If I were to utter the statement, "Vice President Dick Cheney is an extraordinarily decent man who doesn't deserve the unwarranted presumption of guilt affixed upon him by the Old Media," the statement would be met with profoundly polarized reactions.
No matter, I'll boldly step out here. Consider the statement made.
Truly, I marvel at the degree to which our differing worldviews lead to opposite assessments of individual human character. I see the vice president as an honorable, forthright gentleman who places the nation's best interests above his own. Others prefer to believe he would sell out his own mother to line his pockets with oil-slicked greenbacks.
The Old Media, of course, fall into the latter category. Most of them, as their reaction to the Cheney/Whittington hunting accident make clear, are anxious to believe the worst about Cheney, viewing him as an evil man always poised to commit bad acts.
To them, Cheney's sin cannot be any negligence that may have been involved in accidentally shooting his friend because no one has established that he was negligent. Indeed, initial signs point to the victim's failure to announce himself.
No, Cheney's crime spree began with his appearance on the ticket with George Bush in 2000 when Bush's father's cronies on the Supreme Court divested the eminently stable Albert Gore of his entitlement to the presidency. It continued with Cheney's support for the 2003 military action against Iraq, his failure to march alongside pro-abortion activists and every other policy deviation the Bush administration has dared to make from the prescribed liberal line.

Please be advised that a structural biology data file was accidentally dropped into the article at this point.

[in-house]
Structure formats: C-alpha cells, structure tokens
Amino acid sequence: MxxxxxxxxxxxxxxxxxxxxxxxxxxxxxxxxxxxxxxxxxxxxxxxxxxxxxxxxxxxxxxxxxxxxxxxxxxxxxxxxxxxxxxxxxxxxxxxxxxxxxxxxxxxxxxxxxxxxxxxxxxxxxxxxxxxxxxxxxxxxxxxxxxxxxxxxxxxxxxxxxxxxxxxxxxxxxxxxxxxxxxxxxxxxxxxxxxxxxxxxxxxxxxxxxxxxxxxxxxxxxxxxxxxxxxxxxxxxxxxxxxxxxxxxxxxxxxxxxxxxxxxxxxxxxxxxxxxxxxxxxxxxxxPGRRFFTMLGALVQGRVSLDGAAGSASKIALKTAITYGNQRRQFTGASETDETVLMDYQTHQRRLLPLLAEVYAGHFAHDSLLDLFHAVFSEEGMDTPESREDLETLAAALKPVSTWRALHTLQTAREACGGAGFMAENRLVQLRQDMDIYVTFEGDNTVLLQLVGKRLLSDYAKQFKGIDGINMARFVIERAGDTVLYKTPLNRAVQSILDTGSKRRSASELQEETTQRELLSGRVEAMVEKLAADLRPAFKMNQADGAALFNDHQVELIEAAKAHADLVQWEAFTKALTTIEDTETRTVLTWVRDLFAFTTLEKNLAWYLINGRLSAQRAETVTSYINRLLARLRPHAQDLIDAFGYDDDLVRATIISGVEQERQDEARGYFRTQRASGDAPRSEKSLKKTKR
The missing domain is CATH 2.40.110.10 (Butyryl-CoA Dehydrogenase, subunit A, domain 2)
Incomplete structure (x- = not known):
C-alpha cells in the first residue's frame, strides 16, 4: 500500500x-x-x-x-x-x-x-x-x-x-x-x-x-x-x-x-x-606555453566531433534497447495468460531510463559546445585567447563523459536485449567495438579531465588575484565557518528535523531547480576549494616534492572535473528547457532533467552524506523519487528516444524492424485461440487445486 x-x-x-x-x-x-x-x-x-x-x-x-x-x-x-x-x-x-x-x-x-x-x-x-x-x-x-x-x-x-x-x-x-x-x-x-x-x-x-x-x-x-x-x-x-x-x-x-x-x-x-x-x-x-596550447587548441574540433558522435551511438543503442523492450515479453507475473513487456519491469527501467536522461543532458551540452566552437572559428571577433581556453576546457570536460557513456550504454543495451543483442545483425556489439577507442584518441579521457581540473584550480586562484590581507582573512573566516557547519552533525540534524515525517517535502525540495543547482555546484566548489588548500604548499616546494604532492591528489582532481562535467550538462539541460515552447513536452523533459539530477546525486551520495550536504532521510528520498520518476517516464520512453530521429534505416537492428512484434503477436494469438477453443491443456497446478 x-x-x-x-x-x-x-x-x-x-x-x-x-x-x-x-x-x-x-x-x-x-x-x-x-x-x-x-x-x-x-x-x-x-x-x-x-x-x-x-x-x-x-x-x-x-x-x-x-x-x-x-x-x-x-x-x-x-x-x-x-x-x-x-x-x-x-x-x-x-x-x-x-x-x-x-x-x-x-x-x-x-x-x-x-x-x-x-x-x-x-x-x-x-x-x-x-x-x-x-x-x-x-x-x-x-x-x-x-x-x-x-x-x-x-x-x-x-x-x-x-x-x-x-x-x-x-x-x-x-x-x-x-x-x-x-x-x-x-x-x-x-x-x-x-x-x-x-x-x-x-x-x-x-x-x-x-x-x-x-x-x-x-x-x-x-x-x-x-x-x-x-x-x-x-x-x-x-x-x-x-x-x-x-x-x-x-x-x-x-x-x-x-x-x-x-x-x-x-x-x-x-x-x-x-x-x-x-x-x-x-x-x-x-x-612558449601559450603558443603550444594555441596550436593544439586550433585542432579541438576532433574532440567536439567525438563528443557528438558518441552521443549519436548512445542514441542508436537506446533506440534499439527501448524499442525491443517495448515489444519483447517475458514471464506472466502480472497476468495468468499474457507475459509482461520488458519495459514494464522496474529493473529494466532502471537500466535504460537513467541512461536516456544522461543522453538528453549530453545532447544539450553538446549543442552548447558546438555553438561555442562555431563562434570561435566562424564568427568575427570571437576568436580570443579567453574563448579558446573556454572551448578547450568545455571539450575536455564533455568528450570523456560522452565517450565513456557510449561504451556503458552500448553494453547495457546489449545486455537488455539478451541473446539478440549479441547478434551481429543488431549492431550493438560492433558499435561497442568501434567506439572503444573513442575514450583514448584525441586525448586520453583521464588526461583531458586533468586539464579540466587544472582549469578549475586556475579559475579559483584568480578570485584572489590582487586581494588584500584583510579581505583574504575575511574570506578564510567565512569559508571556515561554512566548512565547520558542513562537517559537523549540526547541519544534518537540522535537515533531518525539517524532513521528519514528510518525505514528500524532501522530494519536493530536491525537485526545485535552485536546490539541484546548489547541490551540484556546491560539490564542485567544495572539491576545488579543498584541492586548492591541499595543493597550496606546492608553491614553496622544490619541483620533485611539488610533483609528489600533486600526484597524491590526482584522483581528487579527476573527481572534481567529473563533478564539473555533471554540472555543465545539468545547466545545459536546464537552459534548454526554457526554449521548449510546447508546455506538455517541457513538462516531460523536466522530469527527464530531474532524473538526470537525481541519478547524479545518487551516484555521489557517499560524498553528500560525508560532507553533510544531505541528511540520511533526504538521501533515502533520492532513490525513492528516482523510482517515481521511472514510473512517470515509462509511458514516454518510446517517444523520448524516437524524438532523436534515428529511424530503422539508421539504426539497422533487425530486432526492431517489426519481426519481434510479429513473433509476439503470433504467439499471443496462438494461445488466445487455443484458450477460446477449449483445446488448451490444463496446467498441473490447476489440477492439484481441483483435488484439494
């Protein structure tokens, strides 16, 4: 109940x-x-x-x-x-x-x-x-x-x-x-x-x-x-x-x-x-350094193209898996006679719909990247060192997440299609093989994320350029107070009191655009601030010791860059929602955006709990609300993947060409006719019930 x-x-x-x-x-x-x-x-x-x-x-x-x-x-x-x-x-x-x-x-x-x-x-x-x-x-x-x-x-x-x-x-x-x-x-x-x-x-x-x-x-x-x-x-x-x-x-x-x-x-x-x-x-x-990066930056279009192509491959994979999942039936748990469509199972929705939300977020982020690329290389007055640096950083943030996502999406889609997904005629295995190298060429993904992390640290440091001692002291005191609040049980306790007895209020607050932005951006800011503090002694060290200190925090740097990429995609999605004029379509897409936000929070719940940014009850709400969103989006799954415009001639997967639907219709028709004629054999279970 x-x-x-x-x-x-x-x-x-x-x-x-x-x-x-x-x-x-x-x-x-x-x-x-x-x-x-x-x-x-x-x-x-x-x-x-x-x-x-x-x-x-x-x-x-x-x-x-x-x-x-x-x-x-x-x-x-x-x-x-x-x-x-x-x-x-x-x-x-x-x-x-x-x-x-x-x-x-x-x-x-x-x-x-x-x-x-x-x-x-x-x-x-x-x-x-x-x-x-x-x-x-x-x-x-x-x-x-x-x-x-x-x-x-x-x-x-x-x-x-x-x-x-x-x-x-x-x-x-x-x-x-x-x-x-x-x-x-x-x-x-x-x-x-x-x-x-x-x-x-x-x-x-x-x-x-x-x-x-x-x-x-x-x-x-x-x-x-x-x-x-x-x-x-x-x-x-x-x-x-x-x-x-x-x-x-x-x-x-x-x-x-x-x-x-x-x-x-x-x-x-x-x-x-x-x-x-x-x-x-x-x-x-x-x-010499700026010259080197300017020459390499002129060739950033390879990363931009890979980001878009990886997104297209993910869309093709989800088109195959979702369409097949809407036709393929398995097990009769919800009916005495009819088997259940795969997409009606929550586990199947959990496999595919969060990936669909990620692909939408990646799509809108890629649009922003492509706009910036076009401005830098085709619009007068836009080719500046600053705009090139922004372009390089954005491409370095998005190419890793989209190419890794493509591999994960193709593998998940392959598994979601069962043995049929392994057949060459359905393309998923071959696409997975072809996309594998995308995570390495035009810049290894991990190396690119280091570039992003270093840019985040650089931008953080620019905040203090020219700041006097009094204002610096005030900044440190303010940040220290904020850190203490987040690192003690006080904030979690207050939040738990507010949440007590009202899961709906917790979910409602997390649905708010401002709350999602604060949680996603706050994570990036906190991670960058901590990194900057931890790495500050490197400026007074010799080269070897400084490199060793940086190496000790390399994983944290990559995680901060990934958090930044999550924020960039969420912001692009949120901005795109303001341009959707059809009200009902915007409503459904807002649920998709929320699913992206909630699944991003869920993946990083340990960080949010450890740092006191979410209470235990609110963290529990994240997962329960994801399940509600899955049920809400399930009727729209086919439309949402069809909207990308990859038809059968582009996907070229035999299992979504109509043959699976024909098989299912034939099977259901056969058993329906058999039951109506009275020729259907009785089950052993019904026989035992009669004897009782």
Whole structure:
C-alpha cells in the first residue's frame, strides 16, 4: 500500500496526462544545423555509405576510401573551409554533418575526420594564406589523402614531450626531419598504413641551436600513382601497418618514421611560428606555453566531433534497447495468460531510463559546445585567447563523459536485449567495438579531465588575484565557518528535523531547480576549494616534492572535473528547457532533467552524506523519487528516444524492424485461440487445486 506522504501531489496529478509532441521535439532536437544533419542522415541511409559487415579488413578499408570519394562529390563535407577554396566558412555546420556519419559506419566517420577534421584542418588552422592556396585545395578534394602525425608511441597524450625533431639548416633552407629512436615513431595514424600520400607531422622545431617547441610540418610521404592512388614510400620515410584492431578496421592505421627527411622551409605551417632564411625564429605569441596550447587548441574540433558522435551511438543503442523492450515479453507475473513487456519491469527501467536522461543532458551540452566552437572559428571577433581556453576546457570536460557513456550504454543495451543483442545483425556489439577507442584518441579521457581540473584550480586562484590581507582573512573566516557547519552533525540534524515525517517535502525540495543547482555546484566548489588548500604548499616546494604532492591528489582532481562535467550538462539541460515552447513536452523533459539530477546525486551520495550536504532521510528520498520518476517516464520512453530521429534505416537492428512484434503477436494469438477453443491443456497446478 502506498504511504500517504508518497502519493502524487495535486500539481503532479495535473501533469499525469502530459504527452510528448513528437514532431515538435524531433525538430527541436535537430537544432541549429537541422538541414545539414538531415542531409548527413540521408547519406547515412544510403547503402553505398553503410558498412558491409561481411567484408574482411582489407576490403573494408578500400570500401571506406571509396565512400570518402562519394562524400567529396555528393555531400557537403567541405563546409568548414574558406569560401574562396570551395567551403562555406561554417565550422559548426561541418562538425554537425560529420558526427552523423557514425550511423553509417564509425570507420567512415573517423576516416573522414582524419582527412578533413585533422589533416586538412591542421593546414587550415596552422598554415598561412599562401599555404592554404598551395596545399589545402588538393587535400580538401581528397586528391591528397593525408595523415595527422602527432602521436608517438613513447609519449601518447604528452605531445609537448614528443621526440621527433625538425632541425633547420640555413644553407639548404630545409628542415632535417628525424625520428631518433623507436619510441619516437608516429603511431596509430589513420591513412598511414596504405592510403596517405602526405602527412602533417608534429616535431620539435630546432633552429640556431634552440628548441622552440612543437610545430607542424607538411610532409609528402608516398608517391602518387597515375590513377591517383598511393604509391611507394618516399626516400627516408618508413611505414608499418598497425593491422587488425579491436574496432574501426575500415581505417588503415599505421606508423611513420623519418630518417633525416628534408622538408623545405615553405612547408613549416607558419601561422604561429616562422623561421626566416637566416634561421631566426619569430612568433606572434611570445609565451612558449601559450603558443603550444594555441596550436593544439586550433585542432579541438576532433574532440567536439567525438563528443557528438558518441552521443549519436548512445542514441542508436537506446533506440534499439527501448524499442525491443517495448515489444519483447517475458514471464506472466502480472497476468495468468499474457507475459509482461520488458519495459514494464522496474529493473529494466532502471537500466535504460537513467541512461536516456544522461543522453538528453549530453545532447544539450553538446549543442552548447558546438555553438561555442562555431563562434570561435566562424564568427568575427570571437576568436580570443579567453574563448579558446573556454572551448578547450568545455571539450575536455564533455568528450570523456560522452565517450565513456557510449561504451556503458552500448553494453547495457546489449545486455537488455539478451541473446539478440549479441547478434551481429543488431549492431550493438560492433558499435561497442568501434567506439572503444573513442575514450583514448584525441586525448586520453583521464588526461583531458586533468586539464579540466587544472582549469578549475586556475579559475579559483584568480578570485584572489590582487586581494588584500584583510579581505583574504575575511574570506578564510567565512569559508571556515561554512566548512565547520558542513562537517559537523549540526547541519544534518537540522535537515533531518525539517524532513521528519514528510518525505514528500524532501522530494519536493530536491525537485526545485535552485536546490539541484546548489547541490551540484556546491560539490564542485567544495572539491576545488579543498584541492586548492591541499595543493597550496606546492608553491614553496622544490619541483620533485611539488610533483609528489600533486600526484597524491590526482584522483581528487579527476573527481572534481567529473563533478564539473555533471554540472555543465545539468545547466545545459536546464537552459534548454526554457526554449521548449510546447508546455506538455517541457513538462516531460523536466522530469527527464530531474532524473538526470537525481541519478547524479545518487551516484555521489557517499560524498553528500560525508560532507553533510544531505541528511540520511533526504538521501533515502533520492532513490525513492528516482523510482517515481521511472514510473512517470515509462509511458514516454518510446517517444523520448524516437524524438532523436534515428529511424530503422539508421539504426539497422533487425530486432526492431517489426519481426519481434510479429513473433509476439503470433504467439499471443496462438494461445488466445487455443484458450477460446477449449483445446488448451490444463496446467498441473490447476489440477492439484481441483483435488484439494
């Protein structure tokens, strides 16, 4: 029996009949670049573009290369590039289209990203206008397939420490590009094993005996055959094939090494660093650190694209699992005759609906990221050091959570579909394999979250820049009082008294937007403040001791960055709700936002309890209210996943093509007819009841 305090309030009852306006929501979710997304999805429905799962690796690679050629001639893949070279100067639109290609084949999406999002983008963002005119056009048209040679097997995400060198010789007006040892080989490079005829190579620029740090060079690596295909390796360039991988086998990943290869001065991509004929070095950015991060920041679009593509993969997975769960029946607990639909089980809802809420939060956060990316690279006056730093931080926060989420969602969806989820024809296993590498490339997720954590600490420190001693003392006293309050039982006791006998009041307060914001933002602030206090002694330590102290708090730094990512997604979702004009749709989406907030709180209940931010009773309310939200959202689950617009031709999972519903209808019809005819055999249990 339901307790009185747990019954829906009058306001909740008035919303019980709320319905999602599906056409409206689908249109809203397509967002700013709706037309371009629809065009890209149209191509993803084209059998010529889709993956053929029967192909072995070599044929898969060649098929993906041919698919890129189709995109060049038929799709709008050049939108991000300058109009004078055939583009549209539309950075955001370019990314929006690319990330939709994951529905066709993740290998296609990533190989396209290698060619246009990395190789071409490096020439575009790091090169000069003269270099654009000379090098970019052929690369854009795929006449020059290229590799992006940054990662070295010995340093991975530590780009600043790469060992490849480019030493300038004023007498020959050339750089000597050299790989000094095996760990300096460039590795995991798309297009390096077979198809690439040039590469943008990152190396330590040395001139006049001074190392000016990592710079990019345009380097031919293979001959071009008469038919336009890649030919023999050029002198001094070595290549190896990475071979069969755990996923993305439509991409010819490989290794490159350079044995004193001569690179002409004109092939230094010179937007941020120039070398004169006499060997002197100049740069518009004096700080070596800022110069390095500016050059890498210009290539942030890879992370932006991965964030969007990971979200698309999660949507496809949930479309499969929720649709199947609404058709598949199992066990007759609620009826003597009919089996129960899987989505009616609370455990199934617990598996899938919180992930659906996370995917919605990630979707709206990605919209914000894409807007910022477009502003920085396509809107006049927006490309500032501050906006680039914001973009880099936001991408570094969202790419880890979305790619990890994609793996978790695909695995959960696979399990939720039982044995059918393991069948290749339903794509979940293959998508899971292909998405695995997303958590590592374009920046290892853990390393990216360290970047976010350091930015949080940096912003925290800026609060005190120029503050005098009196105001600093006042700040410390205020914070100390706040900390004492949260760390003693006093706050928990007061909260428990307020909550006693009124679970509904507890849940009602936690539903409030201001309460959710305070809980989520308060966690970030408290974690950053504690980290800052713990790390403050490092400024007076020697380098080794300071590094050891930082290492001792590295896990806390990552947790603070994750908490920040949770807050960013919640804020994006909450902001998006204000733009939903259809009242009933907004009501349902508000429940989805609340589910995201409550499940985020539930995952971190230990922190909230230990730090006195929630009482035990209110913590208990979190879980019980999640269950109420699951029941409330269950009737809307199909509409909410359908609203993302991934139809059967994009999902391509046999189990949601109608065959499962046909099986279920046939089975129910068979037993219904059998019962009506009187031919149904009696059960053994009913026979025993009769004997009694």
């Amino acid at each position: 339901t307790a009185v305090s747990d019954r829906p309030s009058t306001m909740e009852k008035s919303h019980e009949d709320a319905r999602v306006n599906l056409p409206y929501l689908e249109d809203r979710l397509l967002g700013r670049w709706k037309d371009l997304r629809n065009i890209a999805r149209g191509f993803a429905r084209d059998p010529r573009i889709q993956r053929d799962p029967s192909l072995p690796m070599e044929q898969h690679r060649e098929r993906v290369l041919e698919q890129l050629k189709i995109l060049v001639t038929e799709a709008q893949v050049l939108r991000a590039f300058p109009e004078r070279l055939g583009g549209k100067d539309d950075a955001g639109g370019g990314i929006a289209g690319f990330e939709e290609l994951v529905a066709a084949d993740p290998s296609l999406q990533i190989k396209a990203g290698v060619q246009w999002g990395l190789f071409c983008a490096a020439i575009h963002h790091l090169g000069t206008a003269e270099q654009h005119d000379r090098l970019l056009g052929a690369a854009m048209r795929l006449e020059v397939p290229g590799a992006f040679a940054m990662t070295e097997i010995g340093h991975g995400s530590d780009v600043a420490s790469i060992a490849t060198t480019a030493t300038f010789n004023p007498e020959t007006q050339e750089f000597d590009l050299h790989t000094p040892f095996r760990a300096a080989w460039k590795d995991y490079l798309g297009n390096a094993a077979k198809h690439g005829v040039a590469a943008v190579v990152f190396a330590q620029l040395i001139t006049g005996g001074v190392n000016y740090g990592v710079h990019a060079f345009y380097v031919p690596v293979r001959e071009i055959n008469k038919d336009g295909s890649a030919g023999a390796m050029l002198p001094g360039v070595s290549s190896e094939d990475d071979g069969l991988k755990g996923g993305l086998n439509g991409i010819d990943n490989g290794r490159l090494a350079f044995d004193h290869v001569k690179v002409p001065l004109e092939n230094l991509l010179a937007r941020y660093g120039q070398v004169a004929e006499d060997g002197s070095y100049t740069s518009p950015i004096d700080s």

Cheney is also reviled because he doesn't kiss the feet of the narcissistic media scavengers who believe the First Amendment establishes them as royalty who must be catered to, fawned over and accorded immunity for their own abominable behavior.
These Old Media pariahs, like NBC's David Gregory, apparently believe their summary trial and conviction of Cheney, their accusatory and disrespectful tone toward White House Press Secretary Scott McClellan and their cloak of liberal righteousness in general qualify them for deferential treatment in return. They are aghast when Cheney chooses to be interviewed by Fox News' Brit Hume instead of facing the post-conviction firing squad -- not a truth-seeking inquiry -- by some malignant member of the Old Media.
Consider The Washington Post's Dana Milbank appearing on the venom-spewing Keith Olbermann's unwatched talk show on MSNBC in a dorky hunter's outfit hoping to lampoon Cheney, then purporting to write an objective report on Cheney's behavior, excoriating him for not “correctly” apologizing.